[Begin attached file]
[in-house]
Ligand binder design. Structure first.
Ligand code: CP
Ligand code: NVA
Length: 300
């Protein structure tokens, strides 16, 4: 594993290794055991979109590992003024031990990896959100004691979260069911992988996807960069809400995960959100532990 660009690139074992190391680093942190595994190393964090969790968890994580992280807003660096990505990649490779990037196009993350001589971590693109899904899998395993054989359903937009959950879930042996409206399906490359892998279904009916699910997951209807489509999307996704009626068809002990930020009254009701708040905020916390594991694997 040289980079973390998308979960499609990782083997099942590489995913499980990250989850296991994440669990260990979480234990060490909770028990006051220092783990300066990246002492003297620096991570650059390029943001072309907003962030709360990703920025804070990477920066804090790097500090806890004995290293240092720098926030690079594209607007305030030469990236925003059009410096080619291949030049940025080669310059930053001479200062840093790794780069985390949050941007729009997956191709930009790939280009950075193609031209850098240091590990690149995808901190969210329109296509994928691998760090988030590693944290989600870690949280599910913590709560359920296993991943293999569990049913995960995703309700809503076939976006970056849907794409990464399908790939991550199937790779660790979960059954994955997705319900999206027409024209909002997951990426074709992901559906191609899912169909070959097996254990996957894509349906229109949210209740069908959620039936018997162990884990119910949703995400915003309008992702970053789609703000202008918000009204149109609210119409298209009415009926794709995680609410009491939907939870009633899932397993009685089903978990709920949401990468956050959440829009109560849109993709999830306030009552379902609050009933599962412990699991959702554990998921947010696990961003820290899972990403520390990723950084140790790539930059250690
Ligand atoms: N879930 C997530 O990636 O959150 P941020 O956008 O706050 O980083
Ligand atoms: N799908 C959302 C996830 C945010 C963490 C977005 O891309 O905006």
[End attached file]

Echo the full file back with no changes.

[in-house]
Ligand binder design. Structure first.
Ligand code: CP
Ligand code: NVA
Length: 300
């Protein structure tokens, strides 16, 4: 594993290794055991979109590992003024031990990896959100004691979260069911992988996807960069809400995960959100532990 660009690139074992190391680093942190595994190393964090969790968890994580992280807003660096990505990649490779990037196009993350001589971590693109899904899998395993054989359903937009959950879930042996409206399906490359892998279904009916699910997951209807489509999307996704009626068809002990930020009254009701708040905020916390594991694997 040289980079973390998308979960499609990782083997099942590489995913499980990250989850296991994440669990260990979480234990060490909770028990006051220092783990300066990246002492003297620096991570650059390029943001072309907003962030709360990703920025804070990477920066804090790097500090806890004995290293240092720098926030690079594209607007305030030469990236925003059009410096080619291949030049940025080669310059930053001479200062840093790794780069985390949050941007729009997956191709930009790939280009950075193609031209850098240091590990690149995808901190969210329109296509994928691998760090988030590693944290989600870690949280599910913590709560359920296993991943293999569990049913995960995703309700809503076939976006970056849907794409990464399908790939991550199937790779660790979960059954994955997705319900999206027409024209909002997951990426074709992901559906191609899912169909070959097996254990996957894509349906229109949210209740069908959620039936018997162990884990119910949703995400915003309008992702970053789609703000202008918000009204149109609210119409298209009415009926794709995680609410009491939907939870009633899932397993009685089903978990709920949401990468956050959440829009109560849109993709999830306030009552379902609050009933599962412990699991959702554990998921947010696990961003820290899972990403520390990723950084140790790539930059250690
Ligand atoms: N879930 C997530 O990636 O959150 P941020 O956008 O706050 O980083
Ligand atoms: N799908 C959302 C996830 C945010 C963490 C977005 O891309 O905006």